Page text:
New FDA guideline for the mouse embryo assay enhances rigor for assessment of ART Devices
Denny Sakkas, PhDa, Alan S. Penzias, MDa,b, Eli Y. Adashi, MD, MSc
a Boston IVF
bBeth Israel Deaconess Medical Center, Harvard Medical School
cWarren Alpert Medical School, Brown University
In January 2021, the Food and Drug Administration (FDA) issued a guidance to outline recommendations on conducting the mouse embryo assay (MEA) to support premarket submissions and lot release of Assisted Reproduction Technology (ART) media and devices (https://www.fda.gov/media/127874/download). This innocuous governmental act has created a landmark moment after a long history of ART development.
The first attempts at human artificial insemination by the Scottish surgeon/scientist John Hunter are believed to have occurred in 1785, with a baby born the same year. Early reports of successful donor insemination, in turn, were published in the 1940s and 1950s. It was 1944 when Rock and Menkin (Rock and Menkin, 1944) reported the first case of In Vitro Fertilization (IVF) and embryo development in the human. In the decades that ensued, many of the different clinical and laboratory procedures that were employed in “proof of concept” IVF evolved. One component in particular, embryo culture media, improved significantly (Whittingham, 1971;Brinster, 1974;Biggers and Borland, 1976). It was 1973 when the first IVF pregnancy in the world was reported by a team in Melbourne, Australia. Sadly, the pregnancy ended in early embryo death (De Kretser et al., 1973). Finally, in 1978, the application of accumulated knowledge to the advancement in the technologies associated with IVF culminated in the first IVF birth in the world (Steptoe and Edwards, 1978).
Since these incredible milestones, we also saw paradigm shifts in ART with the introduction of techniques such as Intracytoplasmic Sperm Injection (ICSI) and the use of vitrification to cryopreserve gametes and embryos. With many of these changes, the art of ART was driven by innovation and supported by new products. It was only in the last decade or so that many products and innovations have been more closely regulated. ART is now a global endeavour with thousands of IVF centers each seeking to apply the most advanced techniques. We must remember that in our pursuit of success, we also have a serious responsibility to “do no harm” to the families we are helping to create.
The FDA guidance document, which standardizes the conduct of the MEA to support premarket submissions and lot release of ART devices, adds rigor. The FDA recommended that MEA testing be used to assess the embryotoxicity of ART devices that have direct and/or indirect contact with gametes and/or embryos. The FDA also proposed that blastocyst development from either one-cell or two-cell stage embryos (i.e., one-cell system or two-cell system) can be used to assess embryotoxicity and considers both methods acceptable. Granted, even prior to this FDA regulation, the MEA has been used as a staple to provide IVF clinics with assurance that the many products and devices implicated in the IVF process have passed some level of quality assurance. Many IVF laboratories that made their own culture media in the early days of IVF, used the MEA as their internal quality control. The large majority of clinics now rely solely on MEA testing certificates provided by companies when they purchase media or devices. The new MEA guidelines now provide for a uniform testing system and assessment for the IVF community in the US, and hopefully one that may be applicable worldwide. Briefly, the one-cell system must achieve ≥80% of embryos developing to expanded blastocyst at 96 hours of culture. The two-cell system, in turn, must achieve ≥80% embryos developing to expanded blastocyst at 72 hours of culture. A minimum of 21 embryos should be exposed to the test article, while a minimum of 15 embryos should be exposed to the control medium in each MEA. The FDA also recommends that a minimum of 3 individual devices be evaluated in each test to account for potential variability between devices.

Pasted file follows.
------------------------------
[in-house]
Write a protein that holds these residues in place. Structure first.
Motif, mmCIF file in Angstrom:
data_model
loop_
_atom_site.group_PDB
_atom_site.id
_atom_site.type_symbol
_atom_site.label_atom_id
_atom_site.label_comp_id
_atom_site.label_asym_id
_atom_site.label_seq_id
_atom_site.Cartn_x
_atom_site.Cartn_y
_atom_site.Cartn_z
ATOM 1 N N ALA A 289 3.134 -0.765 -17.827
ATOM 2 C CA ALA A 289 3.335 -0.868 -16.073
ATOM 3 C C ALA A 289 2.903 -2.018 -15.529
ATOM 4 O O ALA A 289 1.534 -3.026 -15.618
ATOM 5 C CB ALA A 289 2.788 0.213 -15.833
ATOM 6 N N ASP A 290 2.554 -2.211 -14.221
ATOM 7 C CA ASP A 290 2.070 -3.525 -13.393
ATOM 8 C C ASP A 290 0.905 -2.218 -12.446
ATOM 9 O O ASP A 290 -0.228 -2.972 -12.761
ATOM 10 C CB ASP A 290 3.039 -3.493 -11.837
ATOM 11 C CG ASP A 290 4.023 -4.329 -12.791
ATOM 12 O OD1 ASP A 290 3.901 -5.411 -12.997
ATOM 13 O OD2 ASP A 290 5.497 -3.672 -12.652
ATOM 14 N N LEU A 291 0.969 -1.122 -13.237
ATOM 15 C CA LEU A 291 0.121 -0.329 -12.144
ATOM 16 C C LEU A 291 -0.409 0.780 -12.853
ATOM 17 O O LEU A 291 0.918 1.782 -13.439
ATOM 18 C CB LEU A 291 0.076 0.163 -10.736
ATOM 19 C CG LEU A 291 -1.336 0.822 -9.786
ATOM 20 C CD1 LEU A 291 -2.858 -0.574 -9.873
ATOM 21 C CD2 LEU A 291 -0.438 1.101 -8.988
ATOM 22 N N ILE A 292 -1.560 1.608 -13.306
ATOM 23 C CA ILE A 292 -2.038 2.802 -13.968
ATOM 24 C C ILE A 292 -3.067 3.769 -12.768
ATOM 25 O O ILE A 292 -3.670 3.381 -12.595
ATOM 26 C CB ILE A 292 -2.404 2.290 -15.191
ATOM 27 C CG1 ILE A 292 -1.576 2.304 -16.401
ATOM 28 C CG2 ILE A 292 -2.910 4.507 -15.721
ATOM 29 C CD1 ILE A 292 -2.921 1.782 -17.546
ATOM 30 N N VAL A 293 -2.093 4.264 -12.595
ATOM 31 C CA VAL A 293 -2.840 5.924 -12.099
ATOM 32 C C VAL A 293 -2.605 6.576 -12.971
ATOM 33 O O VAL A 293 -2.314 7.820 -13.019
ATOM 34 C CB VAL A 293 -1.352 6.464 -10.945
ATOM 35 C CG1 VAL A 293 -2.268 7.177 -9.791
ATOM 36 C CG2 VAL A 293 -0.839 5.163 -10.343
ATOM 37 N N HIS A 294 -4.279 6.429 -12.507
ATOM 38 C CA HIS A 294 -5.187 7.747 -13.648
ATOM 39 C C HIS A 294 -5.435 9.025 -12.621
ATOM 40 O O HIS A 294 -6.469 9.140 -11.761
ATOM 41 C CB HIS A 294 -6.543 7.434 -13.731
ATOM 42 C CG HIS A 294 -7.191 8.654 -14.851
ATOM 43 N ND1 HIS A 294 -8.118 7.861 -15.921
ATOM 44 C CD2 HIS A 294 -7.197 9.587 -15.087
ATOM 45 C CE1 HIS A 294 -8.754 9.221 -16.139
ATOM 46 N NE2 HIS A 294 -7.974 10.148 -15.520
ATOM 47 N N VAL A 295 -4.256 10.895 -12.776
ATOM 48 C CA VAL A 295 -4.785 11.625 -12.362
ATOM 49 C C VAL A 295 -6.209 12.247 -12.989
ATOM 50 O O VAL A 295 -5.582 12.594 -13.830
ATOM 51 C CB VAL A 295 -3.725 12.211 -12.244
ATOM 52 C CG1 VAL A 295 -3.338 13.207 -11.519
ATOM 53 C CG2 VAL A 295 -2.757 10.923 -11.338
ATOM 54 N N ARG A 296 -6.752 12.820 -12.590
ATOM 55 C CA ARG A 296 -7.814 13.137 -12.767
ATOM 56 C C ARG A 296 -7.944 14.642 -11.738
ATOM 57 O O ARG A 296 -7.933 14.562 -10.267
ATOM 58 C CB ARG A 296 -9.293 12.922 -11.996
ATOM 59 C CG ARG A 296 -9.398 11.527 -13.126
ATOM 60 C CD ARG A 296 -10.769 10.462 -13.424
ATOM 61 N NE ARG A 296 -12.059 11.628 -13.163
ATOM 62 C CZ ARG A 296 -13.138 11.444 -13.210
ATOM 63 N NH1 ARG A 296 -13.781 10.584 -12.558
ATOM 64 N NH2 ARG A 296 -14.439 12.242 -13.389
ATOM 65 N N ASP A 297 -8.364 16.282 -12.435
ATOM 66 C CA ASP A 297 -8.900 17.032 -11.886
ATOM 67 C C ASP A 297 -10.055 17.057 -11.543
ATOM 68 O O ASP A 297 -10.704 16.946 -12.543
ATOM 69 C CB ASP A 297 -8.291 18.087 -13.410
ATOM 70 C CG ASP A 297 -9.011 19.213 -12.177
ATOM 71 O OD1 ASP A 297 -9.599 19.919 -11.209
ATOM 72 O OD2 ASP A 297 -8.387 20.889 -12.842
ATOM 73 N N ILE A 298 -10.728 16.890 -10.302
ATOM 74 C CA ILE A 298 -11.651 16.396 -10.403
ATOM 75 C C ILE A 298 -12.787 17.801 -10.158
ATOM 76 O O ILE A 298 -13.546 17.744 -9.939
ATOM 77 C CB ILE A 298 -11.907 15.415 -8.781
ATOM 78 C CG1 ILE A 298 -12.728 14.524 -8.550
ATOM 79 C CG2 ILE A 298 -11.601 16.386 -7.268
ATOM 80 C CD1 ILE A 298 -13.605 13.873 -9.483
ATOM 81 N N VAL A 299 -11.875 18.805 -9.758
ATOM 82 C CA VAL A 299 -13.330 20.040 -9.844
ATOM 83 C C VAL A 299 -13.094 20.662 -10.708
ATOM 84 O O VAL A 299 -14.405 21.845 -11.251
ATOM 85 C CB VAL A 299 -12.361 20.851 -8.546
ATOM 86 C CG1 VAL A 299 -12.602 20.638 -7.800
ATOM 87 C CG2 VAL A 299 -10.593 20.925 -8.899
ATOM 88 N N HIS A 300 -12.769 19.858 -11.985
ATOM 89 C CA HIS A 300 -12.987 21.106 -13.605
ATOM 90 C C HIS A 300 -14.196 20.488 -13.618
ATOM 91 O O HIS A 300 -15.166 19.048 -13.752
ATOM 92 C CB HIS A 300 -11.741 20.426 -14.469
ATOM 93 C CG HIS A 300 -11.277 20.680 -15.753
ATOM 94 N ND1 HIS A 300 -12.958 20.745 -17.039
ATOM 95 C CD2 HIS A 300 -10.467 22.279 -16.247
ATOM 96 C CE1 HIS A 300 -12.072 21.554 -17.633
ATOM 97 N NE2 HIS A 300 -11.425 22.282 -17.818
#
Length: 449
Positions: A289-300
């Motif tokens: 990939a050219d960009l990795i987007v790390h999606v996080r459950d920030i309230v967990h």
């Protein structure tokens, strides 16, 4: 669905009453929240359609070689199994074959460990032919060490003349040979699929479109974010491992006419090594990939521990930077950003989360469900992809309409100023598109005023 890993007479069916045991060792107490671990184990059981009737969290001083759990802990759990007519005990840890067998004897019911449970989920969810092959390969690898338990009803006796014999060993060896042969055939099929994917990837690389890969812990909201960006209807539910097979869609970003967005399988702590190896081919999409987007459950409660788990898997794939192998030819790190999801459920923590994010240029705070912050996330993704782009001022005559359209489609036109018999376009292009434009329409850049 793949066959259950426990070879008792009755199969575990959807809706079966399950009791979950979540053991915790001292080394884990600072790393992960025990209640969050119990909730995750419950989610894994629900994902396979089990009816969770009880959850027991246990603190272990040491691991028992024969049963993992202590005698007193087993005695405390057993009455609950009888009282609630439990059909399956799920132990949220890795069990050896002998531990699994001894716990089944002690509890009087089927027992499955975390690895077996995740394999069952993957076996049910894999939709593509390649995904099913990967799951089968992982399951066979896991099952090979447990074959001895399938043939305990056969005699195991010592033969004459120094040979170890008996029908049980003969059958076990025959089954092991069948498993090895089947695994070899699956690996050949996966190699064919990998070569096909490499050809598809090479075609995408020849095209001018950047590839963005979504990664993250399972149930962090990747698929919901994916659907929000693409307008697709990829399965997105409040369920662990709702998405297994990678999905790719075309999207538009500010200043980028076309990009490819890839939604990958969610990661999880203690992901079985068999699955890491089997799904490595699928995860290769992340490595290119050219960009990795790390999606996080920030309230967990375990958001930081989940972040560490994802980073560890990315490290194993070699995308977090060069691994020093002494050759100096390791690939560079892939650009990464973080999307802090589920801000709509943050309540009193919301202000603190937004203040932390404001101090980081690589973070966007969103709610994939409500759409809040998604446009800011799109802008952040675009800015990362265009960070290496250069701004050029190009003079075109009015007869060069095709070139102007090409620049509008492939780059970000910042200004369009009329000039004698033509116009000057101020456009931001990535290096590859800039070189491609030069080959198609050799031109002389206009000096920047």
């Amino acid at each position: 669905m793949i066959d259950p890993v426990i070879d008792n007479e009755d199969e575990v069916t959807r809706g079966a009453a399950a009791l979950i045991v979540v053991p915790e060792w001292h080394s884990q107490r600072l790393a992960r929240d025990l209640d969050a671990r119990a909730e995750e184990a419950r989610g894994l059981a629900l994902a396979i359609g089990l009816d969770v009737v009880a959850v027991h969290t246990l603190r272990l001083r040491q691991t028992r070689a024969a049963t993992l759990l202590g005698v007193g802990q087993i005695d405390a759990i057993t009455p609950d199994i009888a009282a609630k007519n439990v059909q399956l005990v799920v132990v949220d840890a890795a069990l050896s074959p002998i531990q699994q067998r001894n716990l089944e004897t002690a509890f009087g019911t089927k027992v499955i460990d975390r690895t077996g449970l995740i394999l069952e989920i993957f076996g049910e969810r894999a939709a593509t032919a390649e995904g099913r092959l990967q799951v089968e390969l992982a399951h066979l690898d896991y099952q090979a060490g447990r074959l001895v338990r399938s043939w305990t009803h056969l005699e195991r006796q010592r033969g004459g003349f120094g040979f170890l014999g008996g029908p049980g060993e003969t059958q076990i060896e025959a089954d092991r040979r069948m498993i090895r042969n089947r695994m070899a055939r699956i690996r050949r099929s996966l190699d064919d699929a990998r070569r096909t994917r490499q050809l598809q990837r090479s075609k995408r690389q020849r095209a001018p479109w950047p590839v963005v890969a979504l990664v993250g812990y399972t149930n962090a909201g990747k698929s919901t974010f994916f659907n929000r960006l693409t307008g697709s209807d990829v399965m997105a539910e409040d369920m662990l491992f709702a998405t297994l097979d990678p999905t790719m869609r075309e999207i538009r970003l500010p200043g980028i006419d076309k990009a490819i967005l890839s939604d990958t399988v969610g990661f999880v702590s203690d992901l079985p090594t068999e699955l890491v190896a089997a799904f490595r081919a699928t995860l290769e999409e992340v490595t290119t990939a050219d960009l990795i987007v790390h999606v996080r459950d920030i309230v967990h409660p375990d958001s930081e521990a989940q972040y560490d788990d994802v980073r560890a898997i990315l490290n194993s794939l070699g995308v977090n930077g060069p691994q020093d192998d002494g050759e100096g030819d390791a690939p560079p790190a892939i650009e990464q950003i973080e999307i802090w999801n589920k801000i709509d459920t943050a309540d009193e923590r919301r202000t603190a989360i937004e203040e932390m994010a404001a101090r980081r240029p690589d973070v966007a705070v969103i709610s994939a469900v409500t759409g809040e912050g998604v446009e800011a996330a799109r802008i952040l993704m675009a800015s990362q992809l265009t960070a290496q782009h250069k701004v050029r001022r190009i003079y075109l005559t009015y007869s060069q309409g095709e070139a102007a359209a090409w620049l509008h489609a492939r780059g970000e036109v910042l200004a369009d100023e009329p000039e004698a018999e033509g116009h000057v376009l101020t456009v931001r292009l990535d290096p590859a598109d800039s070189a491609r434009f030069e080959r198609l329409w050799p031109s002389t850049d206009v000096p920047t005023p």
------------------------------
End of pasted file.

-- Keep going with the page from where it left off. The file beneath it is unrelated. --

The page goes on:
The question remains of whether the MEA is sensitive enough to detect problems in products related to IVF treatment. One could argue that a stronger emphasis on replicates and greater testing numbers would provide an even better assurance. For embryology purists, the greatest test remains the transfer and birth of live mouse pups. This, in some ways, is a better way to expose subtle toxicities that may be present in the products being tested. However, obtaining live pups may be more complex so other approaches could be looked at, including the use of time-lapse imaging to compare sensitivity of the MEA. This has already been shown to have improved sensitivity when examining clinical grade mineral oil with known peroxide concentrations and comparing it to standard MEA (Ainsworth et al., 2017). The IVF companies and community may, in the future, need to be more proactive in improving the standards required for testing in partnership with the FDA.
The FDA guidance on the MEA for ART Devices is a great step forward and serves two purposes for the IVF community as a whole. First, it provides standardized criteria so that any solid device or liquid coming in contact with gametes or embryos is tested. Second, it rebuffs the notion that the field of IVF is poorly overseen and regulated.
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